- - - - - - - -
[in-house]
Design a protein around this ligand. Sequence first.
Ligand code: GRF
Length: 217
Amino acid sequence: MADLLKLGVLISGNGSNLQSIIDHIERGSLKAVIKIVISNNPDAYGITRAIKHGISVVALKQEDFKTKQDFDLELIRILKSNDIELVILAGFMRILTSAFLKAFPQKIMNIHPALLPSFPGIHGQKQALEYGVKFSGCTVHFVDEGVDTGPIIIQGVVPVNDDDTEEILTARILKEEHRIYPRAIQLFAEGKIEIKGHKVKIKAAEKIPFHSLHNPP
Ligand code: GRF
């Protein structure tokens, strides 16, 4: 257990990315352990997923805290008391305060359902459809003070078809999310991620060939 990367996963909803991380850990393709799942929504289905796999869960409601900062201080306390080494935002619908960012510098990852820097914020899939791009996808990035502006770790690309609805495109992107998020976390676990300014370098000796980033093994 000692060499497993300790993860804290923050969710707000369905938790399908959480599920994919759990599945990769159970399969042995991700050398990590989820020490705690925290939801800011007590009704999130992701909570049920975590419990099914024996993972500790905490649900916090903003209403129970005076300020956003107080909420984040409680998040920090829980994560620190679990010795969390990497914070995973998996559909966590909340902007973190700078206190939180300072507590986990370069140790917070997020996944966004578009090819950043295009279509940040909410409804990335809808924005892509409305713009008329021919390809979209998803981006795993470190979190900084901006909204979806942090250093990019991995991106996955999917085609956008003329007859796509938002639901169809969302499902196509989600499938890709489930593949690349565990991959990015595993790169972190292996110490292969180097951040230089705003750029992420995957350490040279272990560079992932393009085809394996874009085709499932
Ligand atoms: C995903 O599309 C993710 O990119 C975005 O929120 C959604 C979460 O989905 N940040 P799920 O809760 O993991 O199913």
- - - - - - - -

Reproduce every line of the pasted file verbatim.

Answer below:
[in-house]
Design a protein around this ligand. Sequence first.
Ligand code: GRF
Length: 217
Amino acid sequence: MADLLKLGVLISGNGSNLQSIIDHIERGSLKAVIKIVISNNPDAYGITRAIKHGISVVALKQEDFKTKQDFDLELIRILKSNDIELVILAGFMRILTSAFLKAFPQKIMNIHPALLPSFPGIHGQKQALEYGVKFSGCTVHFVDEGVDTGPIIIQGVVPVNDDDTEEILTARILKEEHRIYPRAIQLFAEGKIEIKGHKVKIKAAEKIPFHSLHNPP
Ligand code: GRF
């Protein structure tokens, strides 16, 4: 257990990315352990997923805290008391305060359902459809003070078809999310991620060939 990367996963909803991380850990393709799942929504289905796999869960409601900062201080306390080494935002619908960012510098990852820097914020899939791009996808990035502006770790690309609805495109992107998020976390676990300014370098000796980033093994 000692060499497993300790993860804290923050969710707000369905938790399908959480599920994919759990599945990769159970399969042995991700050398990590989820020490705690925290939801800011007590009704999130992701909570049920975590419990099914024996993972500790905490649900916090903003209403129970005076300020956003107080909420984040409680998040920090829980994560620190679990010795969390990497914070995973998996559909966590909340902007973190700078206190939180300072507590986990370069140790917070997020996944966004578009090819950043295009279509940040909410409804990335809808924005892509409305713009008329021919390809979209998803981006795993470190979190900084901006909204979806942090250093990019991995991106996955999917085609956008003329007859796509938002639901169809969302499902196509989600499938890709489930593949690349565990991959990015595993790169972190292996110490292969180097951040230089705003750029992420995957350490040279272990560079992932393009085809394996874009085709499932
Ligand atoms: C995903 O599309 C993710 O990119 C975005 O929120 C959604 C979460 O989905 N940040 P799920 O809760 O993991 O199913």